Northern Ireland killings team criticised for 'inconsistencies'
It treated deaths caused by troops and police with less rigour than others, says official report
Belfast-born David McKittrick has been reporting on Northern Ireland since 1971, He has written for the East Antrim Times, the Irish Times and was The Independent's Irish correspondent for many years. He is the author of several books including Making Sense of the Troubles (2000) and Lost Lives (1999).
Wednesday 03 July 2013
A major "cold cases" team which investigates thousands of Northern Ireland troubles killings treated deaths caused by troops and police with less rigour than others, according to an official report.
The review of the work of the Historical Enquiries Team concluded it treated state cases in a way which was inconsistent and had serious shortcomings.
It found that the Team's approach to state cases did not conform to the European Convention on Human Rights, and risked undermining the confidence of relatives of those who died during the troubles.
The Team, which is part of the Police Service of Northern Ireland, was set up in 2005 to examine more than 3,000 murders. Its workforce has included hundreds of former officers from both Northern Ireland and GB forces.
The review was carried out by HM Inspectorate of Constabulary following criticism in an academic report which said cases concerning members of the security forces were given differential treatment.
While various criticisms of its work have been made over the years, many bereaved families have said they regarded its work as valuable. The Inspectorate said that when it had interviewed more than a hundred people from a range of organisations it found an "almost universal desire" for the Team to be retained if improvements were made.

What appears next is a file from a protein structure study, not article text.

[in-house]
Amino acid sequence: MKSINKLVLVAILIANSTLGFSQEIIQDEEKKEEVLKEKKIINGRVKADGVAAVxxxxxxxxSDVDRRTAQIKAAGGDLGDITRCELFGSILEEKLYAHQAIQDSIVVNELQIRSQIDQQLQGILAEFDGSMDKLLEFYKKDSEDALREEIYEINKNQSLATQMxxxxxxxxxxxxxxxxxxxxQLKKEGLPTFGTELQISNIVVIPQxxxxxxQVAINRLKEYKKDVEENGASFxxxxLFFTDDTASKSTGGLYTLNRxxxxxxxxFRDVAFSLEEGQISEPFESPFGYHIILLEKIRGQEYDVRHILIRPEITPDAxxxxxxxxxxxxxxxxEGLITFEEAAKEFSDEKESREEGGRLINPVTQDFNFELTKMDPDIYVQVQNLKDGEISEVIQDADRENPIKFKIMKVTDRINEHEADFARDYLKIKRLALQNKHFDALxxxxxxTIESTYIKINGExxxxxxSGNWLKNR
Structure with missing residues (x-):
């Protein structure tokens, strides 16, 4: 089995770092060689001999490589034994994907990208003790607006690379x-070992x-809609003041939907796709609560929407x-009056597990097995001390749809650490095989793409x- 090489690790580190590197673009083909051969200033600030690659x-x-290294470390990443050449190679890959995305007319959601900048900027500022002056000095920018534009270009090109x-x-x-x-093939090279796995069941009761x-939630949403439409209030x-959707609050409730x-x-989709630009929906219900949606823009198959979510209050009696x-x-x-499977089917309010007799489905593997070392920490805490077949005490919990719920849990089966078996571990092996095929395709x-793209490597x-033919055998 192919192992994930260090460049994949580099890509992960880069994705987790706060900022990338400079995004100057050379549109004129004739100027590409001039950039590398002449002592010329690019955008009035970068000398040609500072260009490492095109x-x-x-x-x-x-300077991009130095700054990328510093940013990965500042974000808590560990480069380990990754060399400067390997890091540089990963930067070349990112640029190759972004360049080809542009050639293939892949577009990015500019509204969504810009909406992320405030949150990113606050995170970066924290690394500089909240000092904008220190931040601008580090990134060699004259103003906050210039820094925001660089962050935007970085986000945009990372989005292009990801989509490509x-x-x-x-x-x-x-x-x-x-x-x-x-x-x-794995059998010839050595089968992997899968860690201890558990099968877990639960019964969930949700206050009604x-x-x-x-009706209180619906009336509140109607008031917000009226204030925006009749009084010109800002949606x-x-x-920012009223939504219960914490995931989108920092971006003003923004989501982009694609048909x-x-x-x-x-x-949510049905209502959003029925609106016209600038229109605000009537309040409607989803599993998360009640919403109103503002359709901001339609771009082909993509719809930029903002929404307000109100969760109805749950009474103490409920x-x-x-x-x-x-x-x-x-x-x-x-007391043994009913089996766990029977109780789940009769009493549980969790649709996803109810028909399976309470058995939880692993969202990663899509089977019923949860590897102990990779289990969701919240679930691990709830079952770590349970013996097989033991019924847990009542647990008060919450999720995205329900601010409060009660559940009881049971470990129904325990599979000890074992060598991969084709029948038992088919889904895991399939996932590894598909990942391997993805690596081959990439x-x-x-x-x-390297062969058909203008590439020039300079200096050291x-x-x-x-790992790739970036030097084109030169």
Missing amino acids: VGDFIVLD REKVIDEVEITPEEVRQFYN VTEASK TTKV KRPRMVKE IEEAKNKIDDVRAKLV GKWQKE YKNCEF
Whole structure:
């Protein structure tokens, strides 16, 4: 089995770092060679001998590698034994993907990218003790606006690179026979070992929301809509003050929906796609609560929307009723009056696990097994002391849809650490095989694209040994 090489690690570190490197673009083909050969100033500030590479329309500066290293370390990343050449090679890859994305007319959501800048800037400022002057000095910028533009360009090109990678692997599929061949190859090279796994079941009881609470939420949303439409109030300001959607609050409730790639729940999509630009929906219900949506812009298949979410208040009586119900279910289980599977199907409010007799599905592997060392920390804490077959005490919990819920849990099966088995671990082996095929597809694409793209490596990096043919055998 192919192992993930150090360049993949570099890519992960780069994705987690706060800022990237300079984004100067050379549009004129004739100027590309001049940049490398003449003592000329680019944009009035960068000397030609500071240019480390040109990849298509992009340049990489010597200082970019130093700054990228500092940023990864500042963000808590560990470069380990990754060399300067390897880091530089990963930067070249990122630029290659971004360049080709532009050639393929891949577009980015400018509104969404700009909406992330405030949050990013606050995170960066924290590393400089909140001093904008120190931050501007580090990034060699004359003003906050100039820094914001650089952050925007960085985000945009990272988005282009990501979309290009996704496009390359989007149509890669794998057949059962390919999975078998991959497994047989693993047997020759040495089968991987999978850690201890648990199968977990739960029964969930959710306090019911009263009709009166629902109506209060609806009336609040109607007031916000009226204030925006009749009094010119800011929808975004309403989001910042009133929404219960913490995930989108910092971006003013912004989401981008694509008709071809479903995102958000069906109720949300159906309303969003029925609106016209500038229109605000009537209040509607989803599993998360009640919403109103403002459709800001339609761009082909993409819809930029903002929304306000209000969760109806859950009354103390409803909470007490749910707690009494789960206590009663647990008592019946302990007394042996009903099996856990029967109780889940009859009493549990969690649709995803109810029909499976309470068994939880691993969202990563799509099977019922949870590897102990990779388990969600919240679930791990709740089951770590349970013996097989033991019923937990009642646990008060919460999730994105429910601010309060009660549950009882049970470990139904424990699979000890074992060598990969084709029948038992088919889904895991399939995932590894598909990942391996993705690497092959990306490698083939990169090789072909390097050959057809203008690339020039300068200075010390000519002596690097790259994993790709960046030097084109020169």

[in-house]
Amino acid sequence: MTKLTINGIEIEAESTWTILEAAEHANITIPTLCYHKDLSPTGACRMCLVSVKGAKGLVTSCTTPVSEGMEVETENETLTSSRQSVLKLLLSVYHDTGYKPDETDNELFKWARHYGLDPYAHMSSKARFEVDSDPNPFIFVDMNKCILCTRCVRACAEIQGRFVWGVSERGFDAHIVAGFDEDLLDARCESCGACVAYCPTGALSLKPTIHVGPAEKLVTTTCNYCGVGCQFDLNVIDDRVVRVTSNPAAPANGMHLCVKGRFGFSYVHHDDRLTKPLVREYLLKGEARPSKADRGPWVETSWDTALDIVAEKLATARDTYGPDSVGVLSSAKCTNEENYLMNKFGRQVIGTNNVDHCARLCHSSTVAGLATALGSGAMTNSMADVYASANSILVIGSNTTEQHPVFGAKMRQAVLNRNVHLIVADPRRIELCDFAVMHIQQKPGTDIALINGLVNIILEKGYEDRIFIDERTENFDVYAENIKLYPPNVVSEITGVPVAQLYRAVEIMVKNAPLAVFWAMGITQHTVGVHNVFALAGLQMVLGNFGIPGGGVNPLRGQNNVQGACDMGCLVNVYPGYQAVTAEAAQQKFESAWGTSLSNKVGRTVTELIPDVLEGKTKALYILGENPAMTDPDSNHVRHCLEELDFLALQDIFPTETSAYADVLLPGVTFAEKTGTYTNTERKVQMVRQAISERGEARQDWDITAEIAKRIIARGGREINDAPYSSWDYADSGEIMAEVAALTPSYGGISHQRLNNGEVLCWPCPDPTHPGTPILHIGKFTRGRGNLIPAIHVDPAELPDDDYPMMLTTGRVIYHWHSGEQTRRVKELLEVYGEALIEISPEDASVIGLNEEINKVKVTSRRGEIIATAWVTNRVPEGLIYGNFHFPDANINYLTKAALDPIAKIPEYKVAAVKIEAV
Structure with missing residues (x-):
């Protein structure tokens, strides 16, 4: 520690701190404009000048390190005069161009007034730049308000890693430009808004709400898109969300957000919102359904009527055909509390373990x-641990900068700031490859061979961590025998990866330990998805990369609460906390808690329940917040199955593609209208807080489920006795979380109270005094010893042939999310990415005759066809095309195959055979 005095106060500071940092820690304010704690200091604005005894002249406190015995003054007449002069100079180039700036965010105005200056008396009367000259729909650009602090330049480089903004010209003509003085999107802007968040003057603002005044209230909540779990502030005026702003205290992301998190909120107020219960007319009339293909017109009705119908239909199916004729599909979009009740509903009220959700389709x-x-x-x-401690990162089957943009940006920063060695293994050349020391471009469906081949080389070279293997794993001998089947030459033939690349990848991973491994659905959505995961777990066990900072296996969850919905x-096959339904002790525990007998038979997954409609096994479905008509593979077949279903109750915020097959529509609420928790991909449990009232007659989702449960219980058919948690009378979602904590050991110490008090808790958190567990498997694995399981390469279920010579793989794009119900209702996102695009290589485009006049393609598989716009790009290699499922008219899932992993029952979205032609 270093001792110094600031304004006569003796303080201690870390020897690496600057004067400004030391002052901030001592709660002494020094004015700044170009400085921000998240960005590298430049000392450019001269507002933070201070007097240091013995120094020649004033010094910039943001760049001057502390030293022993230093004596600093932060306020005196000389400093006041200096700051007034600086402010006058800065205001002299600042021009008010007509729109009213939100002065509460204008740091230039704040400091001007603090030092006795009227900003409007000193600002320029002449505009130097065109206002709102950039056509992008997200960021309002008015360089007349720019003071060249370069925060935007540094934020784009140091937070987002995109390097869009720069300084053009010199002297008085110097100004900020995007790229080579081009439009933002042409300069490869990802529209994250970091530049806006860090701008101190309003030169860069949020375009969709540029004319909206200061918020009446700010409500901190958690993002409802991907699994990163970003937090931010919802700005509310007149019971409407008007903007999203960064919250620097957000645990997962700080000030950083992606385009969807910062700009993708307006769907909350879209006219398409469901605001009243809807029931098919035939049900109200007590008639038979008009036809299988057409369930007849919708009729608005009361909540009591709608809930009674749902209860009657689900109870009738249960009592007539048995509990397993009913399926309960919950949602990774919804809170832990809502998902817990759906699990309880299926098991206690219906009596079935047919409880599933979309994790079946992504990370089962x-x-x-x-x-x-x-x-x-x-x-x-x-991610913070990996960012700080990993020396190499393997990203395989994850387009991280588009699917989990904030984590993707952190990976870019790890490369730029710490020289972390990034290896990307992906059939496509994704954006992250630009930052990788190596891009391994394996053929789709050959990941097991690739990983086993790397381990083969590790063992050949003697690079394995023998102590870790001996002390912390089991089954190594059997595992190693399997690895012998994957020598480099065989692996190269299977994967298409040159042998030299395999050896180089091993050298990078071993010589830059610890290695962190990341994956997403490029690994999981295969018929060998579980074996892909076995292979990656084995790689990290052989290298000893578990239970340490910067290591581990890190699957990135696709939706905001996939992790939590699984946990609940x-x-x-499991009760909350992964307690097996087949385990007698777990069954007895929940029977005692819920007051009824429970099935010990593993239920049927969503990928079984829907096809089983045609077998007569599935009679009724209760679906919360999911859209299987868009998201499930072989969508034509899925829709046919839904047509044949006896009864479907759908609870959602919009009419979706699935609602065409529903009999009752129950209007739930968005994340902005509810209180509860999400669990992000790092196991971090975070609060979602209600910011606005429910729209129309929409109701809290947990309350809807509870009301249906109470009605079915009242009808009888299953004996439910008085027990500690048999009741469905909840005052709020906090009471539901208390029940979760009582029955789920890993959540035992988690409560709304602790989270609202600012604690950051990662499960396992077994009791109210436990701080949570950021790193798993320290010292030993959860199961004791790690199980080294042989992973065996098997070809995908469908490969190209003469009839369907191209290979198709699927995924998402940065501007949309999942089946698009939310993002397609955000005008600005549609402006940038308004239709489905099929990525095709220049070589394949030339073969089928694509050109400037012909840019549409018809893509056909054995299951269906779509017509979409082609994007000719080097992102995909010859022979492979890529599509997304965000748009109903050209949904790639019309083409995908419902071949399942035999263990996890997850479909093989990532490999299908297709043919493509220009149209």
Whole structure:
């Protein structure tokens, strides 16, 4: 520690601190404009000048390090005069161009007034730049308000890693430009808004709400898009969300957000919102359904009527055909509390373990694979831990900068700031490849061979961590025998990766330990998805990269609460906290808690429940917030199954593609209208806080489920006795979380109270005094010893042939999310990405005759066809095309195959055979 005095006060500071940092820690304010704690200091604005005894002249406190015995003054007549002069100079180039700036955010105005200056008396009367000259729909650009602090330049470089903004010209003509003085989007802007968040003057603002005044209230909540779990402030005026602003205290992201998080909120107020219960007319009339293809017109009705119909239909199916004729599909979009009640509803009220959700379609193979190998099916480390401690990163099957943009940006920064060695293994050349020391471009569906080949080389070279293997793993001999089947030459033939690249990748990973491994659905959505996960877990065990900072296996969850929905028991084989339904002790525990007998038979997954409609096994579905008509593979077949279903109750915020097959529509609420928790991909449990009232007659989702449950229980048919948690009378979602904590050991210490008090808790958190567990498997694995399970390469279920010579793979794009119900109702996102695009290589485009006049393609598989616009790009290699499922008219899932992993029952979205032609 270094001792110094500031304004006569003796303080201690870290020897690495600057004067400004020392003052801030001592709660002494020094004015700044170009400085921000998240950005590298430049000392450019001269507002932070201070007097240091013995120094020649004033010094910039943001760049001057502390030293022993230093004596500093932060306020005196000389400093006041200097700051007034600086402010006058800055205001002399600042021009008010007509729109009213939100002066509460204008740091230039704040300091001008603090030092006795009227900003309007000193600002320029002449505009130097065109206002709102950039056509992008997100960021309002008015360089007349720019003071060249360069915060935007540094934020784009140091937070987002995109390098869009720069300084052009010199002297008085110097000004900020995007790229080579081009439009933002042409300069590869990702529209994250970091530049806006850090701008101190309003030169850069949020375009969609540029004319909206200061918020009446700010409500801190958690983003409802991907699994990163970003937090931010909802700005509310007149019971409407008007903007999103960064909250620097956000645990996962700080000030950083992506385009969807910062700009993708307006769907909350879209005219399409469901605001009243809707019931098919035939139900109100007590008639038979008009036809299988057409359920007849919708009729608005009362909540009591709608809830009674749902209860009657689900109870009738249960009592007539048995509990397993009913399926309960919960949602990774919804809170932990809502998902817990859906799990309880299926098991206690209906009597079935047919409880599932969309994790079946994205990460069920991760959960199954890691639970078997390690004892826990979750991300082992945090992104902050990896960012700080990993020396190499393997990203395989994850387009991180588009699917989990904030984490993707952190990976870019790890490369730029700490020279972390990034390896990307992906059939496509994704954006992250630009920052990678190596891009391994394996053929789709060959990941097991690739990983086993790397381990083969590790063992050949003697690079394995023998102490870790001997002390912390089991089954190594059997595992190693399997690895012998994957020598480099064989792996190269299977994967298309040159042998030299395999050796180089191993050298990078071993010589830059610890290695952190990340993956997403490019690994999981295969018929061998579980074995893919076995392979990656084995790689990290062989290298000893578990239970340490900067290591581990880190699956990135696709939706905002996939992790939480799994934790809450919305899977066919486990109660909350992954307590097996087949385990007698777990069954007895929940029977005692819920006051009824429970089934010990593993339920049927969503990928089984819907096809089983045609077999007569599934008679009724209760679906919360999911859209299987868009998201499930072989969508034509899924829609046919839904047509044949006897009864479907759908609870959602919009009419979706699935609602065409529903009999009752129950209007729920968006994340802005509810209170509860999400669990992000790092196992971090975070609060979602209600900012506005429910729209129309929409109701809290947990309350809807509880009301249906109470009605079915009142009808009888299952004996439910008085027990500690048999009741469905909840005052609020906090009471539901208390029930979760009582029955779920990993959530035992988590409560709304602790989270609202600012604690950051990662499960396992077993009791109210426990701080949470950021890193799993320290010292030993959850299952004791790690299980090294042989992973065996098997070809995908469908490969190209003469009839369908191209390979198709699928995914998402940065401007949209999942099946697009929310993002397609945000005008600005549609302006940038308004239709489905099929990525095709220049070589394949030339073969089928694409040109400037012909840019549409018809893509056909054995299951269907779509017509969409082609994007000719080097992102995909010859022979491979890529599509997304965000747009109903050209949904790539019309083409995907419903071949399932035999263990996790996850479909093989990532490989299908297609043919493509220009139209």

The Inspectorate observed: "It is striking that not one state involvement case relating to the British army has to date been referred to the police for further investigation or prosecution."
The report found there had previously been no independent review of the HET's processes, that it treated cases involving soldiers differently as a matter of policy and that in important areas it did not conform to current policing standards.
The head of the HMIC, Stephen Otter, said: "The inconsistencies we found in our review may seriously undermine the capability of the HET's processes to determine whether the force used in killings during the troubles was justified in state involvement cases, therefore potentially preventing the identification and punishment of those responsible."
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